"Clean-up on Aisle Five!"
Quite some time ago, I wrote about these little bitty ponies that some folks with sight impairments use instead of guide dogs.
Besides the extreme cuteness factor of these micro-ponies, (they’re about 22 inches tall and weigh around 50 pounds) there are certain other advantages. They live to be around forty years old, they have a broader field of vision, and they can also be house trained.
As you can see, they’re no bigger than your usual Labrador retriever-type of guide dog.
You can even plunk them in the shower.
According to the American with Disabilities Act, service animals should be allowed in all public spaces: Theatres, taxis, restaurants, grocery stores and the like.
Well, here’s an article I saw today about this woman in Fort Worth Texas who uses a guide horse – only it’s a full-sized, Texas-style type of horse. She goes shopping with it at Target.
Obviously, she uses it for both sight and mobility. But what do you think of allowing a full-sized horse in a grocery store?
Would it be tempted to eat all the carrots? A hungry horse could really decimate a produce section in one fell swoop.
The micro-ponies can be house trained, but what about a ranch-style horse? I’ve seen some of their healthy deposits along Chicago’s downtown area and you certainly wouldn’t want to come across that in Aisle 5 of your local market.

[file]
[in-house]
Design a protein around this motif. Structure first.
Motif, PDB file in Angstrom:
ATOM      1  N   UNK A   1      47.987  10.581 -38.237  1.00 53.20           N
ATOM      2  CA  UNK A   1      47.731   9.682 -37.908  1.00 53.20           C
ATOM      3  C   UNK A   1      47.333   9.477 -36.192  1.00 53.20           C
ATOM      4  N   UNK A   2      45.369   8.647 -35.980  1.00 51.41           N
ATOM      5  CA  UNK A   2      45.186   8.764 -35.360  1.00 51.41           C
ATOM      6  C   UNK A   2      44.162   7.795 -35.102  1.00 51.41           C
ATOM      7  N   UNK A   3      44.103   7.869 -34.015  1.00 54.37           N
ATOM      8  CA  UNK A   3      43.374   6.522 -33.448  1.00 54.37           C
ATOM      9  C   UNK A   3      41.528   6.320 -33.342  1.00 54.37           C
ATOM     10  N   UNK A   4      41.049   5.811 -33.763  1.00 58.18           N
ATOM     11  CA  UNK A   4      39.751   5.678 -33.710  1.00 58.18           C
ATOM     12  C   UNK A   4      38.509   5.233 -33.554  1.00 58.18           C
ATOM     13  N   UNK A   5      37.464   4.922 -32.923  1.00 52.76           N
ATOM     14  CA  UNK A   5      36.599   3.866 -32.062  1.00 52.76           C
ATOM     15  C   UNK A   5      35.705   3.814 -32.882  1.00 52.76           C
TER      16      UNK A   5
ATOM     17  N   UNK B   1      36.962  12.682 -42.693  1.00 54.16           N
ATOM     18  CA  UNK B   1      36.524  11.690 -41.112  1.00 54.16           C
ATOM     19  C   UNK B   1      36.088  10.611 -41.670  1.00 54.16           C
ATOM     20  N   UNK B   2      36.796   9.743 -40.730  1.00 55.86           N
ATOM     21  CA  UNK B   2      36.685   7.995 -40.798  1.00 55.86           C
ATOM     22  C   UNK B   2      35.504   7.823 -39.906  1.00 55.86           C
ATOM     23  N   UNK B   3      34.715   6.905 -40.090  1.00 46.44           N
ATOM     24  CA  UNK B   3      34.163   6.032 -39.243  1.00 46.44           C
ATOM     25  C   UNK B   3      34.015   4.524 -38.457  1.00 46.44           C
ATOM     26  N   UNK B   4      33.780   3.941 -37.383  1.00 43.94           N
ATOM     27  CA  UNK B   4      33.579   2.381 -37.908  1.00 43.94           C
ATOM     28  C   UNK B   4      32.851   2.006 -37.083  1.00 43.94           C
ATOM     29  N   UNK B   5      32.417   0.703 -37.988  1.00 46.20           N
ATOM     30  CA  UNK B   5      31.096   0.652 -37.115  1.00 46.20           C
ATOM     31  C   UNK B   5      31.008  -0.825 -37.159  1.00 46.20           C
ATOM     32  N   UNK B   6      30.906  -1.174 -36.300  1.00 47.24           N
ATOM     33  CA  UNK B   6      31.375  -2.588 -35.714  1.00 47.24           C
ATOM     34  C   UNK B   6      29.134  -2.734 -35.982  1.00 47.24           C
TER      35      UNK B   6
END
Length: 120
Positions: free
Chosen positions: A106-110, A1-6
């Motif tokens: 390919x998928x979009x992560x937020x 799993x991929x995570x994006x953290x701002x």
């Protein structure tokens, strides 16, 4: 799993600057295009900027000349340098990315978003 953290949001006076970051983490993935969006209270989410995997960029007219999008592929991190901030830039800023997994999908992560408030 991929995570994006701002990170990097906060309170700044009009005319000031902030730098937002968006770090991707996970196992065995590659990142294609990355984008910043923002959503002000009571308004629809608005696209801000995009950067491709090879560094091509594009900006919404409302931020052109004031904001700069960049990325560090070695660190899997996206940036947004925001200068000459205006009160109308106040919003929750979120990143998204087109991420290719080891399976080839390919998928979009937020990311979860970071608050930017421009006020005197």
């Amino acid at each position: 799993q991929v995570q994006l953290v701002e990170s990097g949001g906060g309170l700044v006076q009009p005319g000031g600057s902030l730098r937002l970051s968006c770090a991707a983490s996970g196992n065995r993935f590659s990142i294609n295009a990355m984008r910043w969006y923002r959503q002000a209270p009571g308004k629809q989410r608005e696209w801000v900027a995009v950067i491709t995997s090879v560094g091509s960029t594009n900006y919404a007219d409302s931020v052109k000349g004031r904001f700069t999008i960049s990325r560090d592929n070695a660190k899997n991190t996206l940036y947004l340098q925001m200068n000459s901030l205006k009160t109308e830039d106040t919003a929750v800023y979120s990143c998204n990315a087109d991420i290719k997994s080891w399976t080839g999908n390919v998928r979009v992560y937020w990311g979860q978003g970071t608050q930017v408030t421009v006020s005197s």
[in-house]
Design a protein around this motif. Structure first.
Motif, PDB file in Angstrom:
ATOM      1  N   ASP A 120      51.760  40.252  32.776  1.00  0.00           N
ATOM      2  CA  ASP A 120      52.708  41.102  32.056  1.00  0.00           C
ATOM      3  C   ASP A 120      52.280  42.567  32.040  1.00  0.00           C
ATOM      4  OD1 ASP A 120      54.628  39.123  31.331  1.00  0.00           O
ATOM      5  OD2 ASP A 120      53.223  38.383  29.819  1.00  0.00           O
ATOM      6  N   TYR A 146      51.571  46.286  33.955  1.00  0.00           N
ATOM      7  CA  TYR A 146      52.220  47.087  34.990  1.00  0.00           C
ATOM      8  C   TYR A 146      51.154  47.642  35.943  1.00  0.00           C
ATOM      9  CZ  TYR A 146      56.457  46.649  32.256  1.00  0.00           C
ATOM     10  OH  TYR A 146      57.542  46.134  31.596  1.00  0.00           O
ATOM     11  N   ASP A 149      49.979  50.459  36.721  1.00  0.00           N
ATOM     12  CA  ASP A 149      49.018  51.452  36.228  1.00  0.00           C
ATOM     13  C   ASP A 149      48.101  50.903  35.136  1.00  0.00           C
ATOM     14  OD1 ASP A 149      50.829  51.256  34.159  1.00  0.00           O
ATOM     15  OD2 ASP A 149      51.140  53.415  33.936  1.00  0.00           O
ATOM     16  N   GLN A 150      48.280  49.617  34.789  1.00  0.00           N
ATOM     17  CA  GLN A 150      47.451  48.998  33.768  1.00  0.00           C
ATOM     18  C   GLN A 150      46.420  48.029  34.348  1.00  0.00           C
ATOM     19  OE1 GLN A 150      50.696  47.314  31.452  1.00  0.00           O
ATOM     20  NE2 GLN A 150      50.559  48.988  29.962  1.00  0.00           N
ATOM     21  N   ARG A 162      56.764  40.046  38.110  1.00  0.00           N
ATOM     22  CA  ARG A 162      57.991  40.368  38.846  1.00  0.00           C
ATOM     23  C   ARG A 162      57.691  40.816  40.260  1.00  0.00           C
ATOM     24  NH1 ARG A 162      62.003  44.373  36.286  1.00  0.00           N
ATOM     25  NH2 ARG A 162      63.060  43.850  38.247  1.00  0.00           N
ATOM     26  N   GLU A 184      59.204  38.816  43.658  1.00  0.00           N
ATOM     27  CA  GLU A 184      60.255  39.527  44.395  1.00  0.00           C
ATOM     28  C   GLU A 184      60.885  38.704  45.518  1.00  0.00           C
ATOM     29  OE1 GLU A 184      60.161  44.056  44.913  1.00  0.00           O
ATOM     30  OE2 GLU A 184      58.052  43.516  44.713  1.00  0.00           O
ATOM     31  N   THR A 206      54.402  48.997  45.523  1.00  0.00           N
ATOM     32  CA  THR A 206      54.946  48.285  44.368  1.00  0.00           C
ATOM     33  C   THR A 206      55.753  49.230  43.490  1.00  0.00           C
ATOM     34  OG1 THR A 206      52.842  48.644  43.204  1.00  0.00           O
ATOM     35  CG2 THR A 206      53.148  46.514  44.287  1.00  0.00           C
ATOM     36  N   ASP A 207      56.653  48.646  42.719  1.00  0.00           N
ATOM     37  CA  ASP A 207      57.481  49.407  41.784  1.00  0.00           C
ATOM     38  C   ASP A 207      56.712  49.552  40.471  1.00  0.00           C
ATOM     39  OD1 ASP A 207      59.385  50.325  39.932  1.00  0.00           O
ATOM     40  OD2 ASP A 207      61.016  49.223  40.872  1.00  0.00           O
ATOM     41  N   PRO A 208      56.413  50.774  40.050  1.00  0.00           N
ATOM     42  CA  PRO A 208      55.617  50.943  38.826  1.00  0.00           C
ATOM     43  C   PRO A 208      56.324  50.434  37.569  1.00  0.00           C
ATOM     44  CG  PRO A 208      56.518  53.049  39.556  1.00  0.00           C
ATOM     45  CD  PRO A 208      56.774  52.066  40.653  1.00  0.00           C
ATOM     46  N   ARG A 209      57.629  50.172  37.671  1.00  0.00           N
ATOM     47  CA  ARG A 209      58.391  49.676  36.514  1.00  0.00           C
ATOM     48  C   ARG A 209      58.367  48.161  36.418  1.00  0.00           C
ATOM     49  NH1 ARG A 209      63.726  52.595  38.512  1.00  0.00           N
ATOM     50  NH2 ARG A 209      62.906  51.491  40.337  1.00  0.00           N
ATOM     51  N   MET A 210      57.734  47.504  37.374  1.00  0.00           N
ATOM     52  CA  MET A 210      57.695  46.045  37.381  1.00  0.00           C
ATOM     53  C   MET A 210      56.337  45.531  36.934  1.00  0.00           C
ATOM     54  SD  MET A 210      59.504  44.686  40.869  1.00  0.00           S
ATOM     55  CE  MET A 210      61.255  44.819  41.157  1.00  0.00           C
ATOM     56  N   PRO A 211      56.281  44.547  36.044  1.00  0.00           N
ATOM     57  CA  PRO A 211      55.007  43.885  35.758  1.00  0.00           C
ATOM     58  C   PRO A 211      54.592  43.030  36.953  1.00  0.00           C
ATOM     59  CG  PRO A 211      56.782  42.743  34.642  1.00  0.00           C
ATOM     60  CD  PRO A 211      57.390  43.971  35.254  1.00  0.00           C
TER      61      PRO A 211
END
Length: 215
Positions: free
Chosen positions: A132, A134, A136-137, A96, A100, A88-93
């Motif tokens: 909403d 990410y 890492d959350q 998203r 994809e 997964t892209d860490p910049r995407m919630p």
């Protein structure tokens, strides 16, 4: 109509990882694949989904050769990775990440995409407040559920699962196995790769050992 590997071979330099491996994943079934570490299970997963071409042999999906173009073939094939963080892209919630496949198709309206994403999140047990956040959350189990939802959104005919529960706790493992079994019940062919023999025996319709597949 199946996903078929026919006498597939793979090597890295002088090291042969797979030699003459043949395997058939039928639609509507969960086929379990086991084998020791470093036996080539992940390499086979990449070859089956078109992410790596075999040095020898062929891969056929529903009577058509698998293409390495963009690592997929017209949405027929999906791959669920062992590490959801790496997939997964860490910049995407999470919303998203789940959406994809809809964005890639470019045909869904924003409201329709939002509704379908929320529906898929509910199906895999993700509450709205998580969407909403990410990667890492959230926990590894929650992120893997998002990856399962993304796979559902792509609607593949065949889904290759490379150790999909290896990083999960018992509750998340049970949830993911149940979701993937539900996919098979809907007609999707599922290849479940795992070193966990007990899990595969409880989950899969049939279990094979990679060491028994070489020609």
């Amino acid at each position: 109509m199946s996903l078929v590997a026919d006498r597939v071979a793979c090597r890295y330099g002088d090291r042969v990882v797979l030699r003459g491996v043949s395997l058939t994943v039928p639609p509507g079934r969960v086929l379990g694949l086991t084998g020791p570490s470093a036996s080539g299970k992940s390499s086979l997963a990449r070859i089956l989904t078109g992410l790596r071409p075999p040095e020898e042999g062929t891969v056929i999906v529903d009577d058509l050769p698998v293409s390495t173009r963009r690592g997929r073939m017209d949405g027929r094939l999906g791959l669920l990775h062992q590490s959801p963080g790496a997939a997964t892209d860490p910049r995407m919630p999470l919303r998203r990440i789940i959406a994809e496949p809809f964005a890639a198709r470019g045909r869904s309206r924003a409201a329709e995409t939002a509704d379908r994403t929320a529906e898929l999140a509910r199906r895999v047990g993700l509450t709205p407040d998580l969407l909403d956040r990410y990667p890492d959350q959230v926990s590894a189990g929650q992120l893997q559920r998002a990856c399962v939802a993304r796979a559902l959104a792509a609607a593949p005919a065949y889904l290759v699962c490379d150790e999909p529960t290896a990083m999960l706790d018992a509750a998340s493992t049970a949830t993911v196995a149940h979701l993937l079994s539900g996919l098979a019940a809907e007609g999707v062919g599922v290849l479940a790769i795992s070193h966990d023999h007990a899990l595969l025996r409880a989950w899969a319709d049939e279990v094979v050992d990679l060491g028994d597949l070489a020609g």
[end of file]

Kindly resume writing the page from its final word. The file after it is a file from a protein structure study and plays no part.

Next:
I supposed you could tell the horse, “You’d better behave or you’re gonna end up in that dog food aisle, buddy-boy!”
Could one bring a large horse into a movie theater? What about the doctor’s office?
I would think it might be a bit disruptive in a nice restaurant. I really don't think I'd want to dine with an equine. I’m picturing the horrified expressions of the wait staff at Lao Sze Chuan if someone brought a big, sturdy horse in there.
Like I said, the ADA says that service animals must be allowed in all public places -- as long as they’re not disruptive. There was a case where someone brought their guide dog into a theatre, it got upset and began barking incessantly and the person and the dog were asked to leave. A lawsuit ensued and dog owner lost the case.
Sure, I can see how this horse might be an effective service animal for this person, but not a very practical one for all situations.
Labels: Service horse